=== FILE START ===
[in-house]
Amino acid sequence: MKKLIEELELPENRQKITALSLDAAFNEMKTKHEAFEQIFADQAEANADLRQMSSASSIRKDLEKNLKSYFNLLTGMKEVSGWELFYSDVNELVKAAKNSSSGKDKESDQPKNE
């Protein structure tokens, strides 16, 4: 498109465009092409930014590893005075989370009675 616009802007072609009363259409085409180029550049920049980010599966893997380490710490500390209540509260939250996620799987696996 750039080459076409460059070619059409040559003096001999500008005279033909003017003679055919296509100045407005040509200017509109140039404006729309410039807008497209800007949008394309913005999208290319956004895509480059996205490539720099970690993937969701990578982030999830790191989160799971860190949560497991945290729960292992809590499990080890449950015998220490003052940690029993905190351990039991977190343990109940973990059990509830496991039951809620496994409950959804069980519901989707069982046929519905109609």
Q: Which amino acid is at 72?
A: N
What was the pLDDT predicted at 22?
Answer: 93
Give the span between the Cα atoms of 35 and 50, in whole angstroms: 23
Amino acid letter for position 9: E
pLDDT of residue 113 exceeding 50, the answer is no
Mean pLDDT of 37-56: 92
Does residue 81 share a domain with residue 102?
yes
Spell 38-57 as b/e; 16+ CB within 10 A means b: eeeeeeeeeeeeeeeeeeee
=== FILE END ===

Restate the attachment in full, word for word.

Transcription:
[in-house]
Amino acid sequence: MKKLIEELELPENRQKITALSLDAAFNEMKTKHEAFEQIFADQAEANADLRQMSSASSIRKDLEKNLKSYFNLLTGMKEVSGWELFYSDVNELVKAAKNSSSGKDKESDQPKNE
């Protein structure tokens, strides 16, 4: 498109465009092409930014590893005075989370009675 616009802007072609009363259409085409180029550049920049980010599966893997380490710490500390209540509260939250996620799987696996 750039080459076409460059070619059409040559003096001999500008005279033909003017003679055919296509100045407005040509200017509109140039404006729309410039807008497209800007949008394309913005999208290319956004895509480059996205490539720099970690993937969701990578982030999830790191989160799971860190949560497991945290729960292992809590499990080890449950015998220490003052940690029993905190351990039991977190343990109940973990059990509830496991039951809620496994409950959804069980519901989707069982046929519905109609």
Q: Which amino acid is at 72?
A: N
What was the pLDDT predicted at 22?
Answer: 93
Give the span between the Cα atoms of 35 and 50, in whole angstroms: 23
Amino acid letter for position 9: E
pLDDT of residue 113 exceeding 50, the answer is no
Mean pLDDT of 37-56: 92
Does residue 81 share a domain with residue 102?
yes
Spell 38-57 as b/e; 16+ CB within 10 A means b: eeeeeeeeeeeeeeeeeeee